When Beaver sniffily repeats a rumor as his only information (because he’s made himself unwelcome throughout the Fort Vancouver community) about James Douglas & William Fraser Tolmie reputedly teaching Indians Christian prayer “in their own language”, he probably doesn’t quite realize he’s telling us about Chinuk Wawa (page 84, in a long ranting letter):
About the beginning of the year, Messrs. Douglas and Tolmie commenced a sort of Sunday School for Indians of all ages in the school room. I hear (for I have never been requested to attend) that they endeavour to teach them a prayer in their own language; but I much fear, that without other instruction, which cannot be given till we either know it better, or can teach them our own, any attempt at conversion must be futile, and amount to no more than the ignorant worship of an unknown God, who requires his rational creatures to worship him in spirit and in truth.
These few clippings are just about all I find to report to you that touches on Chinook Jargon in Beaver’s ignorant and temperamental correspondence.
Even an unpleasant fool can tell us a little something useful, though, and this man is an example; his words, sometimes unwittingly, bolster our knowledge that CJ was constantly in use for a million functions around Fort Vancouver, and that’s worth knowing.
It is no accident that Reverend Beaver was such a horrible choice. Tim Foran in his book Defining Métis documents the policy of the Hudson’s Bay Company around 1811 that religious officials should not go west of Winnipeg/Red River colony. They were concerned about the impact they would have. It wasn’t until the Aborigines Protection Society in London lobbied the Parliament in the mid 1830s which was then in the hands of the reformer Lord Grey that enough pressure built up to force the East India Company to open India to missionaries and the HBC to open the west. The Canadian Jason Lee had written to the Company asking for permission to minister to native people in Oregon but was refused. He eventually found a way through the US Methodist church. Demers and Blanchet were held back in what is now Winnipeg until 1838 but eventually they had to let them go. My sense is that the HBC were not happy about having a priest coming to mess up their business model but in the circumstances they deliberately chose the worst person they could. They wanted to make sure he wouldn’t go among the native people, had no interest in other cultures and couldn’t speak French. This would ensure he would stay in Fort Vancouver and do the least damage possible. James Douglas tried a similar approach with missionaries like William Duncan by trying to keep him on Vancouver Island without success.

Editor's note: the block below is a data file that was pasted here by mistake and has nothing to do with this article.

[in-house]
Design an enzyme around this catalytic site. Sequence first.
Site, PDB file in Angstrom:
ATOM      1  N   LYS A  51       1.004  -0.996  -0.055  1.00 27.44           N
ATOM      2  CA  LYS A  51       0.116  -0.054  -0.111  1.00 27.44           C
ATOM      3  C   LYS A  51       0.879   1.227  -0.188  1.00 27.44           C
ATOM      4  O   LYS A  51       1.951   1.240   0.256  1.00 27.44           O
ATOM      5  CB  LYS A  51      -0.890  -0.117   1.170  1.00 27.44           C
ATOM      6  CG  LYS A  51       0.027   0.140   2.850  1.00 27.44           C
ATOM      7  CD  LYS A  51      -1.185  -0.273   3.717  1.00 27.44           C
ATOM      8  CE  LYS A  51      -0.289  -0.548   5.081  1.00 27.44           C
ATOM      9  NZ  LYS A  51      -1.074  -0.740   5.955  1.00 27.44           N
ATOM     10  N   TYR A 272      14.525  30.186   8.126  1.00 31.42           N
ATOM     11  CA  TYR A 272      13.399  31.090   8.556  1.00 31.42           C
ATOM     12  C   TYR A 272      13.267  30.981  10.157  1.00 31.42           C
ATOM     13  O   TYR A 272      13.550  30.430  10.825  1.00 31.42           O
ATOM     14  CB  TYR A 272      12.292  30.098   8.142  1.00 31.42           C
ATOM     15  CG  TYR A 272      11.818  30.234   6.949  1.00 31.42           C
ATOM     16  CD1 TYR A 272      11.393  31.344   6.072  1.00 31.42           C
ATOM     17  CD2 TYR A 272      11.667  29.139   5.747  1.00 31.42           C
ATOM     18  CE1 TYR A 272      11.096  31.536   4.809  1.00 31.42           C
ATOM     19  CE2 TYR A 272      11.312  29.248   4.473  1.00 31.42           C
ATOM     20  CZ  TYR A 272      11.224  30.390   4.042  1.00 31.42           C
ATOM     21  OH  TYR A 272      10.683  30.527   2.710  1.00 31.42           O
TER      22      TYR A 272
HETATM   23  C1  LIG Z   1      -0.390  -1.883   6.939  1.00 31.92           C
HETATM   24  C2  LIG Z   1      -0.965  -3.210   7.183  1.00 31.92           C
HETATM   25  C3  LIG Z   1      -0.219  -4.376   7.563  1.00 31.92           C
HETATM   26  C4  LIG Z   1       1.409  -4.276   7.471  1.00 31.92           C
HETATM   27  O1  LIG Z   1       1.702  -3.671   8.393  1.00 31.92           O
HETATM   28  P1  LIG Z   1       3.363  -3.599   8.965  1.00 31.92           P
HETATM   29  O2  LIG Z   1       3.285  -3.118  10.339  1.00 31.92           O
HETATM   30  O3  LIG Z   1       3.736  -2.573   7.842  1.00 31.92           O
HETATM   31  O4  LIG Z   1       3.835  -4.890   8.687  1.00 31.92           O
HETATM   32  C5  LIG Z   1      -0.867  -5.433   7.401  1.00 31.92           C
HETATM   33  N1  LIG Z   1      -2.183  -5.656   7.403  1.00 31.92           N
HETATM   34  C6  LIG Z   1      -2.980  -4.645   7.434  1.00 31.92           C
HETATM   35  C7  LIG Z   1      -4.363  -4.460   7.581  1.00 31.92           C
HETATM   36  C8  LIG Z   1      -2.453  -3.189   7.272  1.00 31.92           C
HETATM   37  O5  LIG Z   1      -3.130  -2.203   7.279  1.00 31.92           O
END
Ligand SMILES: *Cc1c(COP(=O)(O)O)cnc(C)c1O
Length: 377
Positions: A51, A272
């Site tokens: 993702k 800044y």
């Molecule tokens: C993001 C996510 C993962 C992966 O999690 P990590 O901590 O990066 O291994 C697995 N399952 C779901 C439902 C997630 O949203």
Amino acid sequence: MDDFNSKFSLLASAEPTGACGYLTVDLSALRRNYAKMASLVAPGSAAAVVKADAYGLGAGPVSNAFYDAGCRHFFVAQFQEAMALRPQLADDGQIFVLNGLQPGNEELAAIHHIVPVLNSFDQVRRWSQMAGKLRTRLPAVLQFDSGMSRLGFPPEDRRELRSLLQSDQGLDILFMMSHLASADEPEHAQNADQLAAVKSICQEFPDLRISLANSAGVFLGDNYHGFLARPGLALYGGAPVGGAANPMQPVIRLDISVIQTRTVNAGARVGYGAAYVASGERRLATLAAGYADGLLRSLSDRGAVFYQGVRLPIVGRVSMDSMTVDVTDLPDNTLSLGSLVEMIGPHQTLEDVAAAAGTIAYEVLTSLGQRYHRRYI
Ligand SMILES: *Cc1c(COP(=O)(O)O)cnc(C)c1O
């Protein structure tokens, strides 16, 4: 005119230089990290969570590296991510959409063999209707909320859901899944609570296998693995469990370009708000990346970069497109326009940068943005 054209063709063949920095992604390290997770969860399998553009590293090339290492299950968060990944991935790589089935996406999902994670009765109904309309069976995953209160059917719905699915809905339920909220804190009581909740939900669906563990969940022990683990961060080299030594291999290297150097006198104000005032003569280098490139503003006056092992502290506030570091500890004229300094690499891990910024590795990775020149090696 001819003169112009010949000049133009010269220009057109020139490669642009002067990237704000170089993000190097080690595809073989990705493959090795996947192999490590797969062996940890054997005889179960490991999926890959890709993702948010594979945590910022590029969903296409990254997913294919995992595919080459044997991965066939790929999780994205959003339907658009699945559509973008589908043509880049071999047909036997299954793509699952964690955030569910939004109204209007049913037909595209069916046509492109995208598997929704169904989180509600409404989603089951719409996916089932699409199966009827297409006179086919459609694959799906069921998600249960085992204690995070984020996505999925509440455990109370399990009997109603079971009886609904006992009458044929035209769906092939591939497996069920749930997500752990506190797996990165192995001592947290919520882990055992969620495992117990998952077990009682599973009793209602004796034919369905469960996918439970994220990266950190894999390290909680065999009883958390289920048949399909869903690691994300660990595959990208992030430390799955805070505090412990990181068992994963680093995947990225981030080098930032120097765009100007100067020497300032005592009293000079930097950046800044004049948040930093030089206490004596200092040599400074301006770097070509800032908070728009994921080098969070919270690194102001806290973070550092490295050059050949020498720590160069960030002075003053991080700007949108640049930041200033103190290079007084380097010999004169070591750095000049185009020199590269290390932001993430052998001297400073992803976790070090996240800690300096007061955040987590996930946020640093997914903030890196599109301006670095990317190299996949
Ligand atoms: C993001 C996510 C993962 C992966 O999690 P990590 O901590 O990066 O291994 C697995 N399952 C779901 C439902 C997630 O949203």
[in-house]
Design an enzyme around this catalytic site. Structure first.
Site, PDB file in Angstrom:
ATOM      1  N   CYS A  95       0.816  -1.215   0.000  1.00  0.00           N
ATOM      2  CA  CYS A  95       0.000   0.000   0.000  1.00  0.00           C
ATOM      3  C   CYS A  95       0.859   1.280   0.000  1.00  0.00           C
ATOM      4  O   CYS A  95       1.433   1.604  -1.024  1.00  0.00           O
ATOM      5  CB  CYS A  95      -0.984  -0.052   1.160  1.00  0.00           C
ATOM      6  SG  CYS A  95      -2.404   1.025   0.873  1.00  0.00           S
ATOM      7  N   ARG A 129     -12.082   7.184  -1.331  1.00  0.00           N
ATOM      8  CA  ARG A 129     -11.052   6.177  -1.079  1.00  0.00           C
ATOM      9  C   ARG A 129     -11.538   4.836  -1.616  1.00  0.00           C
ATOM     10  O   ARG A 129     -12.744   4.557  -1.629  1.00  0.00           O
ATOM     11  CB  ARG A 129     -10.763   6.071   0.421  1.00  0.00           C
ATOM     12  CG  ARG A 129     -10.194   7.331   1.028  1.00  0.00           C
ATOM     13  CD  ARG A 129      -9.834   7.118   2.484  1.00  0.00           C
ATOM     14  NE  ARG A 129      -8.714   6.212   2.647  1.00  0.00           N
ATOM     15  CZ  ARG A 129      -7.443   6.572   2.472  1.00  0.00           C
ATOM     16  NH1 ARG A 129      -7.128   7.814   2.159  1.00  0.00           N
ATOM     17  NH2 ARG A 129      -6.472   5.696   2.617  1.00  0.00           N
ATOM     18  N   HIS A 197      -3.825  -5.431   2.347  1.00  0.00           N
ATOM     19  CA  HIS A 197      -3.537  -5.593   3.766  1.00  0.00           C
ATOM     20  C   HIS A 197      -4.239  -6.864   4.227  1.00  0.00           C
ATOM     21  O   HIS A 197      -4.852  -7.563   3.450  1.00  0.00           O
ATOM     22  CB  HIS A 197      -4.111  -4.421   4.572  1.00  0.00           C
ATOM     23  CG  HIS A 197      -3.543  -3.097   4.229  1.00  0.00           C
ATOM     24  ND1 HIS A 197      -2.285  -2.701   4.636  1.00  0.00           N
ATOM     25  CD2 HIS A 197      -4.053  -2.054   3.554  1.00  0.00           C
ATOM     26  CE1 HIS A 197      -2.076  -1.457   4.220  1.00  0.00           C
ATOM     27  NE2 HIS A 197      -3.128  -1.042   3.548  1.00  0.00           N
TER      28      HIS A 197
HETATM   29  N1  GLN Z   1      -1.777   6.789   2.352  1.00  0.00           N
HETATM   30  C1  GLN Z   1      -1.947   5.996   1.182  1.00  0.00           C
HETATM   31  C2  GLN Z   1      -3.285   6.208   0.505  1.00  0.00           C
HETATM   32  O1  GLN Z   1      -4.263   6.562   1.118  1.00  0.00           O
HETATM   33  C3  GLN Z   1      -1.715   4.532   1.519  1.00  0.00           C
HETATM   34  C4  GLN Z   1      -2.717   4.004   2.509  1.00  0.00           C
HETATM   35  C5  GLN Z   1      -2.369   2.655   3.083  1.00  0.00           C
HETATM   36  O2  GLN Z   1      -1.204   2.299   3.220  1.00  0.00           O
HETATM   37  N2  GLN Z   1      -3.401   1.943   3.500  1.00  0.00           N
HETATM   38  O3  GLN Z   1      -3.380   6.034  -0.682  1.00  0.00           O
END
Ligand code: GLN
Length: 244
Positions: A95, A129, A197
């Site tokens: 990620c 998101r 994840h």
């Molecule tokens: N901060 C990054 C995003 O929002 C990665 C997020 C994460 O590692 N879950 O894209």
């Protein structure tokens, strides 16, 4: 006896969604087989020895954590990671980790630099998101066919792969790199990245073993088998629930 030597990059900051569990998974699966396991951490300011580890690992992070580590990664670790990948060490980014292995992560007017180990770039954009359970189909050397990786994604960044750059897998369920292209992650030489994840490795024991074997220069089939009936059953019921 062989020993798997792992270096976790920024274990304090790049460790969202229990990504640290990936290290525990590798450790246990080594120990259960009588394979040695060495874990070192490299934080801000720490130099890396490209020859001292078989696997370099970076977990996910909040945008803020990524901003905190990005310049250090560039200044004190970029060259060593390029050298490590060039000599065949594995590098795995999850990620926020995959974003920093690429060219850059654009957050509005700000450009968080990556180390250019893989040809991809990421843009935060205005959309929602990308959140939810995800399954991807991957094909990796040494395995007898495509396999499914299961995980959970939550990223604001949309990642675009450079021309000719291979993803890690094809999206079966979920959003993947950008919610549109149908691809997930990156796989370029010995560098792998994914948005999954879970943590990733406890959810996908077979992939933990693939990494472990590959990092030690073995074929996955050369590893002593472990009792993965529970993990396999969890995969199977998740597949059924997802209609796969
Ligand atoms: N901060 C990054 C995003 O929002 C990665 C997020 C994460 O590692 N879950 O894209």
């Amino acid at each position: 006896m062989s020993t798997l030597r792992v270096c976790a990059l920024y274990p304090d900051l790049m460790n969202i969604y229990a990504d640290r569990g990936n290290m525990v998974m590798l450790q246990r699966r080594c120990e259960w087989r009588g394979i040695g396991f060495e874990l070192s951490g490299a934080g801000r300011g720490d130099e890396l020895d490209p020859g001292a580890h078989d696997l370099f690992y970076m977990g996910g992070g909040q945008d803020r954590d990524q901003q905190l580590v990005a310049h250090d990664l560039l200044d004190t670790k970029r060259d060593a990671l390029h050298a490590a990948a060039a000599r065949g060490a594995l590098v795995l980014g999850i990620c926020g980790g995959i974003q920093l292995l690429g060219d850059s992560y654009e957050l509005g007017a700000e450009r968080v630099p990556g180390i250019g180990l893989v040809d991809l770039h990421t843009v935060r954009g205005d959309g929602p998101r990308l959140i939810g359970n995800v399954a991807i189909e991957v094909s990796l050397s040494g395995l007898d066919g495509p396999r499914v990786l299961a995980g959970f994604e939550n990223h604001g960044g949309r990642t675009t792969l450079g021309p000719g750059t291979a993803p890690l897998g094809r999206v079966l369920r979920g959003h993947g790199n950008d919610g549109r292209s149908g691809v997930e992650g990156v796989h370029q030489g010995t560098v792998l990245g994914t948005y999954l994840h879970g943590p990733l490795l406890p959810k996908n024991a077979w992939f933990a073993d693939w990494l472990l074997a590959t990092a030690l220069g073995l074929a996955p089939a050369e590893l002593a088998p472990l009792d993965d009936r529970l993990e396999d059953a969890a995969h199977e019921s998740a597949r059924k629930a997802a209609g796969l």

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Nice deep background on this guy, thank you! And I think a big pile of books on Métis history are my next chunk of reading to do.